6 fascinating facts about vaginas that every woman should know

In honor of National Vagina Appreciation Day on April 23, ob-gyns are breaking down a few fascinating facts about vaginas. (Photo: Getty Images)
In honor of National Vagina Appreciation Day on April 23, ob-gyns are breaking down a few fascinating facts about vaginas. (Photo: Getty Images)

The vagina is an important part of the female anatomy, but many people know very little about it.

"When we do exams in the office, we get out a mirror, show women their vaginas and point out the anatomy of the area," Dr. Lauren Streicher, a clinical professor of obstetrics and gynecology at Northwestern University Feinberg School of Medicine and creator of the podcast Dr. Streicher's Inside Information, tells Yahoo Life. "For the majority of women, this is the first time they take a close look."

Many people, Streicher adds, "don't know the correct terminology and anatomy" for describing the area. Dr. Christine Greves, an ob-gyn at the Winnie Palmer Hospital for Women and Babies in Orlando, agrees. "A lot of women don't know a whole lot about their vaginas," she tells Yahoo Life.

As Dr. Jennifer Wider, a women's health expert, tells Yahoo Life, "Whether the fault lies in sex education in the schools, public health messaging, self-reluctance or a combination, not knowing and understanding how the entire body functions and what is normal or abnormal could have health consequences.

"It’s vital to understand our bodies," she says, "even the parts we can’t see all that well."

With that in mind, we checked in with some ob-gyns and came back with a few fascinating facts about vaginas.

Fact No. 1: The vagina is self-cleaning

The vagina is sometimes compared to a "self-cleaning oven," as Greves puts it. The bacteria in the vagina include good bacteria called lactobacillus, she says, adding that they work something like a robot vacuum. "It just takes care of your vagina," Greves says. "If you have the appropriate amount of lactobacillus, it's able to combat the bad bacteria and yeast that could overgrow otherwise."

The vagina also sheds its outermost cells to clean itself, flushing them out in discharges and mucus, Wider says.

Fact No. 2: You can't actually 'lose' anything in your vagina

Horror stories float around online about women "losing" tampons in their vagina, but although foreign objects can get stuck in the vagina, losing them isn't possible, Streicher says. "Everybody thinks the vagina is this open-ended road, but the truth is that it's a dead end," she says. "You can't lose a tampon or anything in there, because it stops at the dead end."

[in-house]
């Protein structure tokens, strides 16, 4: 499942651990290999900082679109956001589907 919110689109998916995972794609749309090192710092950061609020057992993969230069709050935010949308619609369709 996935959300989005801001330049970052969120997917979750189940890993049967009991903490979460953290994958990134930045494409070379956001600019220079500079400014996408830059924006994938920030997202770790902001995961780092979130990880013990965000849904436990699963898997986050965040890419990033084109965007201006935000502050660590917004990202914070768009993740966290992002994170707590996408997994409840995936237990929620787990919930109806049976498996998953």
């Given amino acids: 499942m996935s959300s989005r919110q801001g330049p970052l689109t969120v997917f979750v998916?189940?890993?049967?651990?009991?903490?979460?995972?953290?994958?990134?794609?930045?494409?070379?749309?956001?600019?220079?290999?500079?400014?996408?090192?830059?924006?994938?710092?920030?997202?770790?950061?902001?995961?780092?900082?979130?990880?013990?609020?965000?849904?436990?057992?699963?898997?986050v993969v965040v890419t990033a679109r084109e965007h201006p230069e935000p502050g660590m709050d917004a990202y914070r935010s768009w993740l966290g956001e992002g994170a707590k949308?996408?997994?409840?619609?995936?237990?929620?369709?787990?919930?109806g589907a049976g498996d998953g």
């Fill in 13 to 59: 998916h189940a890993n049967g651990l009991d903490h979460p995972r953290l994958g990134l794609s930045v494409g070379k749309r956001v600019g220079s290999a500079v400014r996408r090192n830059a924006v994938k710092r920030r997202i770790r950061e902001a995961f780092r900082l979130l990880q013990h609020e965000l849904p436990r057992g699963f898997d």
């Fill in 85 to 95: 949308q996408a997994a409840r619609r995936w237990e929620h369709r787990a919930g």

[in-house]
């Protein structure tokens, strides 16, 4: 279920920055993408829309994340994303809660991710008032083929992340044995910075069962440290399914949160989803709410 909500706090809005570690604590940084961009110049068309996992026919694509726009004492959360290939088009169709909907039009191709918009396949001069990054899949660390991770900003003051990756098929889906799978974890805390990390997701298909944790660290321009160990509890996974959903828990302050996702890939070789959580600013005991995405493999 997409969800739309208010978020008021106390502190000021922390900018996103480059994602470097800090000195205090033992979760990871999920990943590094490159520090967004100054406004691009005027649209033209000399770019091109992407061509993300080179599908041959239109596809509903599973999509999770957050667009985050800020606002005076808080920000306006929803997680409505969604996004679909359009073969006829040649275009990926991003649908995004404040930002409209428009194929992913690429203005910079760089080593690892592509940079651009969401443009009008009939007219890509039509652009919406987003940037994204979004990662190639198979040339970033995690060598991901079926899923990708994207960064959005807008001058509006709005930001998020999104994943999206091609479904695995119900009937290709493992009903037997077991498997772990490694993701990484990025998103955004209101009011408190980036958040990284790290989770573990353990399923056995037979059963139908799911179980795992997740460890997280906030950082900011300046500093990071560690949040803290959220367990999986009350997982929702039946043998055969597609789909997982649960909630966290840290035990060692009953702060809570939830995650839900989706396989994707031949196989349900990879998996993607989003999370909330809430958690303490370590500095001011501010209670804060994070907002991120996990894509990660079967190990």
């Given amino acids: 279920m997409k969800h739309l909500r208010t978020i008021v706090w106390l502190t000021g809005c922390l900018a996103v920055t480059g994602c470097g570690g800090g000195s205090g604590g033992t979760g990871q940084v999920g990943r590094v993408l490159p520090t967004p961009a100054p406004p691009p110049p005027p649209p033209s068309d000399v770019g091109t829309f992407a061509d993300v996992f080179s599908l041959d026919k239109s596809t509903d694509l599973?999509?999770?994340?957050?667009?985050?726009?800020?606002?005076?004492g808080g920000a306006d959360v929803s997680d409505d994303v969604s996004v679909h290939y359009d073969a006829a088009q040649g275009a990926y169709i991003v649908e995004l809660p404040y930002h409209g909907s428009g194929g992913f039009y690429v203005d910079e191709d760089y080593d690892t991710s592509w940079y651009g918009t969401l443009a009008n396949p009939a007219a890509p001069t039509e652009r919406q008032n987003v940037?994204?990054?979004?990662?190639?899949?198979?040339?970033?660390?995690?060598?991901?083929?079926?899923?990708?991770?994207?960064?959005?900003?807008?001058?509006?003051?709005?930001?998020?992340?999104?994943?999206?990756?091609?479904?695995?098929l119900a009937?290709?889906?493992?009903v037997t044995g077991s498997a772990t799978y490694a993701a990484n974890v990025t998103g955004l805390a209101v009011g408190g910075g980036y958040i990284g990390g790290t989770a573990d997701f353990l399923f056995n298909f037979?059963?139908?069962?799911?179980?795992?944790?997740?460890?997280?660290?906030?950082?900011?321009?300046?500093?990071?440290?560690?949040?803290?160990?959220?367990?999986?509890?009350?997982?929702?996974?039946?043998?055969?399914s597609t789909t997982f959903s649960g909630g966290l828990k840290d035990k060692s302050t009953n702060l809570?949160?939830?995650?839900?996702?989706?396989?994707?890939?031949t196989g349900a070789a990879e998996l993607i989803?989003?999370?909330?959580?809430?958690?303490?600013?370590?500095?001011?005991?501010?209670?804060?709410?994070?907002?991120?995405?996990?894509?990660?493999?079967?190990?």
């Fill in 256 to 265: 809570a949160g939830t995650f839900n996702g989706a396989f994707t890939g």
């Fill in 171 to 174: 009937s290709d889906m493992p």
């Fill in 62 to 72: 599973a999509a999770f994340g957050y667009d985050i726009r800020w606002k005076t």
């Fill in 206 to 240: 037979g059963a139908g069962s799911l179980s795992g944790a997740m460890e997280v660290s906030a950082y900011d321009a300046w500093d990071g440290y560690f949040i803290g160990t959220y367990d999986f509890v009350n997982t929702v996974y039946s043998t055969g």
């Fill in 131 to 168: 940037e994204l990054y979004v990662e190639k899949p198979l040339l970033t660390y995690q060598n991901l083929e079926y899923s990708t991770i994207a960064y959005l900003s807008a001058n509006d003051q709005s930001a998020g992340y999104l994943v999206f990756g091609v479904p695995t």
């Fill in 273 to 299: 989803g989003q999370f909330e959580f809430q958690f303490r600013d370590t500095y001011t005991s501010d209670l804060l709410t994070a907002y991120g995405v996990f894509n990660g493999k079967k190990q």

For most women, she says, that's the cervix, the lower part of the uterus, which typically only opens during childbirth. In a hysterectomy, the back of the vagina is sewn closed, "So it's still a dead end," Streicher explains.

Fact No. 3: Vagina and vulva are not the same thing

Ob-gyns say they often hear their patients confusing the two. "I still have women come into the office and say that their vagina hurts when they mean their vulva," Greves says. "People just use one term for the entire area."

Streicher agrees. "No one uses the term 'vulva,'" she says. "But the vagina is completely internal. Anything you see is the vulva." Streicher says the reason for this is probably cultural. "Little girls aren't taught the proper terminology, and no one uses it," she says.

Fact No. 4: The depth of the vagina increases during arousal

Most women aren't aware of this, Streicher says, but "During arousal, there is increased blood flow to the genitalia," she explains. "It also lengthens in order to accommodate a penis — biologically, that's why we have sex." In general, "the aroused vagina is longer and a little more dilated than a non-aroused vagina," she adds.

Fact No. 5: Your vagina isn't supposed to be odor-free

Despite the frequent use of douches and other feminine deodorizing products, Streicher points out that it's "normal for a vagina to have a scent." (The use of douches and deodorant sprays are not recommended by ob-gyns, since they can lead to vaginal infections.)

"It's normal for the vagina to have a light scent," Streicher says. However, a strong, foul odor or fishy smell could be the sign of an infection — such as bacterial vaginosis, the most common vaginal infection in women — and should prompt a trip to the doctor, she says.

Fact No. 6: Vaginas and vulvas come in all shapes and sizes

Just like other body parts, every vulva and vagina looks slightly different. "Many women feel self-conscious about the appearance of their vulva, but they shouldn’t," Wider says. "Vulvae come in all different shapes and sizes. There is a wide range of normal."

Greves agrees, noting that the labia (the folds of skin around the vaginal opening) can be longer in some women and asymmetrical. "Every one is different," she adds.

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